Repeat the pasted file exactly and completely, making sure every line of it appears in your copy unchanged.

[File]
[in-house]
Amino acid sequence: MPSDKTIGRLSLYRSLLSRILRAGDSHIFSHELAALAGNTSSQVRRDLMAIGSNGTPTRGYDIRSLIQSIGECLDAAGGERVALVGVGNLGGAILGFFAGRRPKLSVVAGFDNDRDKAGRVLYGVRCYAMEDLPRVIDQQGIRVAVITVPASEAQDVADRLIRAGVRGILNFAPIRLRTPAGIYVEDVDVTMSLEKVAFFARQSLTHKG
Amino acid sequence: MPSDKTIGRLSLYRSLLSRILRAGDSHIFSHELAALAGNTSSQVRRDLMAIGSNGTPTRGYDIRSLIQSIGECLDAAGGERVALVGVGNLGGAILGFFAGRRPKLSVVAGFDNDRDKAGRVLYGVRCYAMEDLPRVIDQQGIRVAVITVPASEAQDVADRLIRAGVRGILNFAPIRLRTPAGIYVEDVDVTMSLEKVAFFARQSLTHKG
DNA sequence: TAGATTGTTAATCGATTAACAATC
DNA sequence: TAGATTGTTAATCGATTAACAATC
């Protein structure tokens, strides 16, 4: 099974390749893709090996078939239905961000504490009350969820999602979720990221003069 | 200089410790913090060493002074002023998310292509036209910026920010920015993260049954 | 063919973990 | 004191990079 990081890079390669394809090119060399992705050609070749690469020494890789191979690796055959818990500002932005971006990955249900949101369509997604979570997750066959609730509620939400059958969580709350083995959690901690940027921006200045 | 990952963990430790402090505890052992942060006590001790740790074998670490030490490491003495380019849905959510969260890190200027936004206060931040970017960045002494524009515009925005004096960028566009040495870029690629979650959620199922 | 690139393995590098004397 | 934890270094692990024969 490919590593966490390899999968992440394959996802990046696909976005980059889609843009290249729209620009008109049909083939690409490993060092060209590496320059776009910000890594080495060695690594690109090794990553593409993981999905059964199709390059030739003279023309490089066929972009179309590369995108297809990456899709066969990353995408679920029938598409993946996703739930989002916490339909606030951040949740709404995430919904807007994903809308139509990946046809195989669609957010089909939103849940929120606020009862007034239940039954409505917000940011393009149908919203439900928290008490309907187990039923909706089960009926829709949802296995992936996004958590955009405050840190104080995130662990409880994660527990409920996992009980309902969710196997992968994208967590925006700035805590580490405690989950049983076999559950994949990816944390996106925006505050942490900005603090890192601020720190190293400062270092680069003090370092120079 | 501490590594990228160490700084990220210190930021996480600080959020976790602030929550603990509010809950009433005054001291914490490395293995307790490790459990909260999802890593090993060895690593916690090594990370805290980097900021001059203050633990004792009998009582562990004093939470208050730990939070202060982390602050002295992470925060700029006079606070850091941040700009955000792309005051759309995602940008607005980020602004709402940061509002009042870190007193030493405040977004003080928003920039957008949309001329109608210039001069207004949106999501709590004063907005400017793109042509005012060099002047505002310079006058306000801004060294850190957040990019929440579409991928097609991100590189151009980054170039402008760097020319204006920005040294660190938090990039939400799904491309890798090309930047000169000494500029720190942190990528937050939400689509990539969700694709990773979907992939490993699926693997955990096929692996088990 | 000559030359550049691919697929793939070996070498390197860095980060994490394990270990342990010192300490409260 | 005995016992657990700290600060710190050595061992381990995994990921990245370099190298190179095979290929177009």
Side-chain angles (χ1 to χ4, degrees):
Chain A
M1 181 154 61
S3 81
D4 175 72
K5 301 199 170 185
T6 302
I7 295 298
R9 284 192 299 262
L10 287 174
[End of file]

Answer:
[in-house]
Amino acid sequence: MPSDKTIGRLSLYRSLLSRILRAGDSHIFSHELAALAGNTSSQVRRDLMAIGSNGTPTRGYDIRSLIQSIGECLDAAGGERVALVGVGNLGGAILGFFAGRRPKLSVVAGFDNDRDKAGRVLYGVRCYAMEDLPRVIDQQGIRVAVITVPASEAQDVADRLIRAGVRGILNFAPIRLRTPAGIYVEDVDVTMSLEKVAFFARQSLTHKG
Amino acid sequence: MPSDKTIGRLSLYRSLLSRILRAGDSHIFSHELAALAGNTSSQVRRDLMAIGSNGTPTRGYDIRSLIQSIGECLDAAGGERVALVGVGNLGGAILGFFAGRRPKLSVVAGFDNDRDKAGRVLYGVRCYAMEDLPRVIDQQGIRVAVITVPASEAQDVADRLIRAGVRGILNFAPIRLRTPAGIYVEDVDVTMSLEKVAFFARQSLTHKG
DNA sequence: TAGATTGTTAATCGATTAACAATC
DNA sequence: TAGATTGTTAATCGATTAACAATC
């Protein structure tokens, strides 16, 4: 099974390749893709090996078939239905961000504490009350969820999602979720990221003069 | 200089410790913090060493002074002023998310292509036209910026920010920015993260049954 | 063919973990 | 004191990079 990081890079390669394809090119060399992705050609070749690469020494890789191979690796055959818990500002932005971006990955249900949101369509997604979570997750066959609730509620939400059958969580709350083995959690901690940027921006200045 | 990952963990430790402090505890052992942060006590001790740790074998670490030490490491003495380019849905959510969260890190200027936004206060931040970017960045002494524009515009925005004096960028566009040495870029690629979650959620199922 | 690139393995590098004397 | 934890270094692990024969 490919590593966490390899999968992440394959996802990046696909976005980059889609843009290249729209620009008109049909083939690409490993060092060209590496320059776009910000890594080495060695690594690109090794990553593409993981999905059964199709390059030739003279023309490089066929972009179309590369995108297809990456899709066969990353995408679920029938598409993946996703739930989002916490339909606030951040949740709404995430919904807007994903809308139509990946046809195989669609957010089909939103849940929120606020009862007034239940039954409505917000940011393009149908919203439900928290008490309907187990039923909706089960009926829709949802296995992936996004958590955009405050840190104080995130662990409880994660527990409920996992009980309902969710196997992968994208967590925006700035805590580490405690989950049983076999559950994949990816944390996106925006505050942490900005603090890192601020720190190293400062270092680069003090370092120079 | 501490590594990228160490700084990220210190930021996480600080959020976790602030929550603990509010809950009433005054001291914490490395293995307790490790459990909260999802890593090993060895690593916690090594990370805290980097900021001059203050633990004792009998009582562990004093939470208050730990939070202060982390602050002295992470925060700029006079606070850091941040700009955000792309005051759309995602940008607005980020602004709402940061509002009042870190007193030493405040977004003080928003920039957008949309001329109608210039001069207004949106999501709590004063907005400017793109042509005012060099002047505002310079006058306000801004060294850190957040990019929440579409991928097609991100590189151009980054170039402008760097020319204006920005040294660190938090990039939400799904491309890798090309930047000169000494500029720190942190990528937050939400689509990539969700694709990773979907992939490993699926693997955990096929692996088990 | 000559030359550049691919697929793939070996070498390197860095980060994490394990270990342990010192300490409260 | 005995016992657990700290600060710190050595061992381990995994990921990245370099190298190179095979290929177009």
Side-chain angles (χ1 to χ4, degrees):
Chain A
M1 181 154 61
S3 81
D4 175 72
K5 301 199 170 185
T6 302
I7 295 298
R9 284 192 299 262
L10 287 174